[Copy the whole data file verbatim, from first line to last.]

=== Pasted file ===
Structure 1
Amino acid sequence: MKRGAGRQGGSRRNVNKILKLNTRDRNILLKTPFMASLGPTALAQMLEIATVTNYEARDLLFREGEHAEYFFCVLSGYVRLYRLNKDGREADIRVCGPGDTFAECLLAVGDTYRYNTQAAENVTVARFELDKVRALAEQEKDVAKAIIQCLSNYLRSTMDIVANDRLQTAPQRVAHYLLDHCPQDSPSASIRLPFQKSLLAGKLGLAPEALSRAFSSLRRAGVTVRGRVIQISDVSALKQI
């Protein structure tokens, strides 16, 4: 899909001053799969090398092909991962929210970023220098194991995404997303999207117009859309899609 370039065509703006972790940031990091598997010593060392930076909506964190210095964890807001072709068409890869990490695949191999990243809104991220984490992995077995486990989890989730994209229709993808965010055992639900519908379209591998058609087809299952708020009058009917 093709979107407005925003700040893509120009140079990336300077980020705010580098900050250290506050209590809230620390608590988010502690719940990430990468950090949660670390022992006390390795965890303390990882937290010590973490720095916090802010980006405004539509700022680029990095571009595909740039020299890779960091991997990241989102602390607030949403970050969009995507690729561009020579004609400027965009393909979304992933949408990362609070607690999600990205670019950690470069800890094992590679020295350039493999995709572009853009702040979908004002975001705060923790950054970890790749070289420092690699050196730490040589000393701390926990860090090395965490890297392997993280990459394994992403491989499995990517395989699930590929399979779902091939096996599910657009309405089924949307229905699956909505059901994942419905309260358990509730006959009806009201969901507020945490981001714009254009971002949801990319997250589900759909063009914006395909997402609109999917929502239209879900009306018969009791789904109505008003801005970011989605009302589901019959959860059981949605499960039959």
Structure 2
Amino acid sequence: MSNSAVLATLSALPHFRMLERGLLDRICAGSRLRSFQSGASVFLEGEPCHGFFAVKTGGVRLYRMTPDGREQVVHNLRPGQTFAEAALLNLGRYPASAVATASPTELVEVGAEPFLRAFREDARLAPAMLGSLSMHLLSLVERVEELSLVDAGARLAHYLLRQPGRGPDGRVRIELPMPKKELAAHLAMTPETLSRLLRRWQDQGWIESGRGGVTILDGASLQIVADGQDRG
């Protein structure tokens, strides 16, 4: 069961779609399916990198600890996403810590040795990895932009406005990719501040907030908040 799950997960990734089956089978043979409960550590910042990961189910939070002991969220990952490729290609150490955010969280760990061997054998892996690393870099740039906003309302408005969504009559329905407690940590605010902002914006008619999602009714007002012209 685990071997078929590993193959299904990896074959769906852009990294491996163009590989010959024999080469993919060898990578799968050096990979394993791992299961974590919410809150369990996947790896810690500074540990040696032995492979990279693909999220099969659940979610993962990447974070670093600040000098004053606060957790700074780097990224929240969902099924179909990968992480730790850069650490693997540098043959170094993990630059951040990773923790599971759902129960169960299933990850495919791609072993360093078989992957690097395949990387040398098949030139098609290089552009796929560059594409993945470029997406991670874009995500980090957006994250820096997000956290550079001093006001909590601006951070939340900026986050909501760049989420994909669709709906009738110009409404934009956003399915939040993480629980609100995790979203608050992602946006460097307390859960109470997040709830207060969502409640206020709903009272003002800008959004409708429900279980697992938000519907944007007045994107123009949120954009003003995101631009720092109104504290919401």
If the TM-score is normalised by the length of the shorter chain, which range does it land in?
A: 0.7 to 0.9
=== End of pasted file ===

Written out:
Structure 1
Amino acid sequence: MKRGAGRQGGSRRNVNKILKLNTRDRNILLKTPFMASLGPTALAQMLEIATVTNYEARDLLFREGEHAEYFFCVLSGYVRLYRLNKDGREADIRVCGPGDTFAECLLAVGDTYRYNTQAAENVTVARFELDKVRALAEQEKDVAKAIIQCLSNYLRSTMDIVANDRLQTAPQRVAHYLLDHCPQDSPSASIRLPFQKSLLAGKLGLAPEALSRAFSSLRRAGVTVRGRVIQISDVSALKQI
């Protein structure tokens, strides 16, 4: 899909001053799969090398092909991962929210970023220098194991995404997303999207117009859309899609 370039065509703006972790940031990091598997010593060392930076909506964190210095964890807001072709068409890869990490695949191999990243809104991220984490992995077995486990989890989730994209229709993808965010055992639900519908379209591998058609087809299952708020009058009917 093709979107407005925003700040893509120009140079990336300077980020705010580098900050250290506050209590809230620390608590988010502690719940990430990468950090949660670390022992006390390795965890303390990882937290010590973490720095916090802010980006405004539509700022680029990095571009595909740039020299890779960091991997990241989102602390607030949403970050969009995507690729561009020579004609400027965009393909979304992933949408990362609070607690999600990205670019950690470069800890094992590679020295350039493999995709572009853009702040979908004002975001705060923790950054970890790749070289420092690699050196730490040589000393701390926990860090090395965490890297392997993280990459394994992403491989499995990517395989699930590929399979779902091939096996599910657009309405089924949307229905699956909505059901994942419905309260358990509730006959009806009201969901507020945490981001714009254009971002949801990319997250589900759909063009914006395909997402609109999917929502239209879900009306018969009791789904109505008003801005970011989605009302589901019959959860059981949605499960039959």
Structure 2
Amino acid sequence: MSNSAVLATLSALPHFRMLERGLLDRICAGSRLRSFQSGASVFLEGEPCHGFFAVKTGGVRLYRMTPDGREQVVHNLRPGQTFAEAALLNLGRYPASAVATASPTELVEVGAEPFLRAFREDARLAPAMLGSLSMHLLSLVERVEELSLVDAGARLAHYLLRQPGRGPDGRVRIELPMPKKELAAHLAMTPETLSRLLRRWQDQGWIESGRGGVTILDGASLQIVADGQDRG
């Protein structure tokens, strides 16, 4: 069961779609399916990198600890996403810590040795990895932009406005990719501040907030908040 799950997960990734089956089978043979409960550590910042990961189910939070002991969220990952490729290609150490955010969280760990061997054998892996690393870099740039906003309302408005969504009559329905407690940590605010902002914006008619999602009714007002012209 685990071997078929590993193959299904990896074959769906852009990294491996163009590989010959024999080469993919060898990578799968050096990979394993791992299961974590919410809150369990996947790896810690500074540990040696032995492979990279693909999220099969659940979610993962990447974070670093600040000098004053606060957790700074780097990224929240969902099924179909990968992480730790850069650490693997540098043959170094993990630059951040990773923790599971759902129960169960299933990850495919791609072993360093078989992957690097395949990387040398098949030139098609290089552009796929560059594409993945470029997406991670874009995500980090957006994250820096997000956290550079001093006001909590601006951070939340900026986050909501760049989420994909669709709906009738110009409404934009956003399915939040993480629980609100995790979203608050992602946006460097307390859960109470997040709830207060969502409640206020709903009272003002800008959004409708429900279980697992938000519907944007007045994107123009949120954009003003995101631009720092109104504290919401």
If the TM-score is normalised by the length of the shorter chain, which range does it land in?
A: 0.7 to 0.9